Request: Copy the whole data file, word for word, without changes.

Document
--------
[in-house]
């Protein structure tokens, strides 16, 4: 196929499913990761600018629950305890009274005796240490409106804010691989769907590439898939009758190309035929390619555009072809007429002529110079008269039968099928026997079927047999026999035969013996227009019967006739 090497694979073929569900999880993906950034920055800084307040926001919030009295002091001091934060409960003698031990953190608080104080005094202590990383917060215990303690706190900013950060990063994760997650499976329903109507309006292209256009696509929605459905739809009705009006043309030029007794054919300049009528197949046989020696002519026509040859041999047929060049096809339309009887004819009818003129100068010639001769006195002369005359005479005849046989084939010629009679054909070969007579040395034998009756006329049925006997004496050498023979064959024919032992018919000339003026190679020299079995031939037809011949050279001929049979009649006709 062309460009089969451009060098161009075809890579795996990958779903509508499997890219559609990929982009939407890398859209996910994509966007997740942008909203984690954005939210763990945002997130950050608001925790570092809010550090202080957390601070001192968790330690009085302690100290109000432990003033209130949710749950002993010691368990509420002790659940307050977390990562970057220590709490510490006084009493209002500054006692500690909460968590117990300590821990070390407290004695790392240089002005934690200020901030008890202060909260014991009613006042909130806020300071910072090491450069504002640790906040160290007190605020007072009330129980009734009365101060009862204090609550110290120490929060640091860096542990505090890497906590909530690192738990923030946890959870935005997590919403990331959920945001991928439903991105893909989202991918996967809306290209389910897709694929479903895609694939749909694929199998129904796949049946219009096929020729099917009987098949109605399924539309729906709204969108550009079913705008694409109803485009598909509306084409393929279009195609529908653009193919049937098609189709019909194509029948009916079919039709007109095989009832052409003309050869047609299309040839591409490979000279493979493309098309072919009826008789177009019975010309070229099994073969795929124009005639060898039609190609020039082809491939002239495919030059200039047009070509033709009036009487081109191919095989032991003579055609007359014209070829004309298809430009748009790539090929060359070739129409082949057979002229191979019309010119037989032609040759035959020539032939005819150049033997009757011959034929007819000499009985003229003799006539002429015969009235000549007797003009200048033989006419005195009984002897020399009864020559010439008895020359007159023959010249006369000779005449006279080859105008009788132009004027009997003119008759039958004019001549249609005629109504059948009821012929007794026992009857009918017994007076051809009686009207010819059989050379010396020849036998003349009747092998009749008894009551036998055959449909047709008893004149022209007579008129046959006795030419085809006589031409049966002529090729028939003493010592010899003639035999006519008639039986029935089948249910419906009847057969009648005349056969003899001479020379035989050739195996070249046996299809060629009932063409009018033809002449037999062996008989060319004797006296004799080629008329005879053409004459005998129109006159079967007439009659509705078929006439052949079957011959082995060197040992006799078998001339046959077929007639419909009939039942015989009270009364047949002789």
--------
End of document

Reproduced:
[in-house]
């Protein structure tokens, strides 16, 4: 196929499913990761600018629950305890009274005796240490409106804010691989769907590439898939009758190309035929390619555009072809007429002529110079008269039968099928026997079927047999026999035969013996227009019967006739 090497694979073929569900999880993906950034920055800084307040926001919030009295002091001091934060409960003698031990953190608080104080005094202590990383917060215990303690706190900013950060990063994760997650499976329903109507309006292209256009696509929605459905739809009705009006043309030029007794054919300049009528197949046989020696002519026509040859041999047929060049096809339309009887004819009818003129100068010639001769006195002369005359005479005849046989084939010629009679054909070969007579040395034998009756006329049925006997004496050498023979064959024919032992018919000339003026190679020299079995031939037809011949050279001929049979009649006709 062309460009089969451009060098161009075809890579795996990958779903509508499997890219559609990929982009939407890398859209996910994509966007997740942008909203984690954005939210763990945002997130950050608001925790570092809010550090202080957390601070001192968790330690009085302690100290109000432990003033209130949710749950002993010691368990509420002790659940307050977390990562970057220590709490510490006084009493209002500054006692500690909460968590117990300590821990070390407290004695790392240089002005934690200020901030008890202060909260014991009613006042909130806020300071910072090491450069504002640790906040160290007190605020007072009330129980009734009365101060009862204090609550110290120490929060640091860096542990505090890497906590909530690192738990923030946890959870935005997590919403990331959920945001991928439903991105893909989202991918996967809306290209389910897709694929479903895609694939749909694929199998129904796949049946219009096929020729099917009987098949109605399924539309729906709204969108550009079913705008694409109803485009598909509306084409393929279009195609529908653009193919049937098609189709019909194509029948009916079919039709007109095989009832052409003309050869047609299309040839591409490979000279493979493309098309072919009826008789177009019975010309070229099994073969795929124009005639060898039609190609020039082809491939002239495919030059200039047009070509033709009036009487081109191919095989032991003579055609007359014209070829004309298809430009748009790539090929060359070739129409082949057979002229191979019309010119037989032609040759035959020539032939005819150049033997009757011959034929007819000499009985003229003799006539002429015969009235000549007797003009200048033989006419005195009984002897020399009864020559010439008895020359007159023959010249006369000779005449006279080859105008009788132009004027009997003119008759039958004019001549249609005629109504059948009821012929007794026992009857009918017994007076051809009686009207010819059989050379010396020849036998003349009747092998009749008894009551036998055959449909047709008893004149022209007579008129046959006795030419085809006589031409049966002529090729028939003493010592010899003639035999006519008639039986029935089948249910419906009847057969009648005349056969003899001479020379035989050739195996070249046996299809060629009932063409009018033809002449037999062996008989060319004797006296004799080629008329005879053409004459005998129109006159079967007439009659509705078929006439052949079957011959082995060197040992006799078998001339046959077929007639419909009939039942015989009270009364047949002789």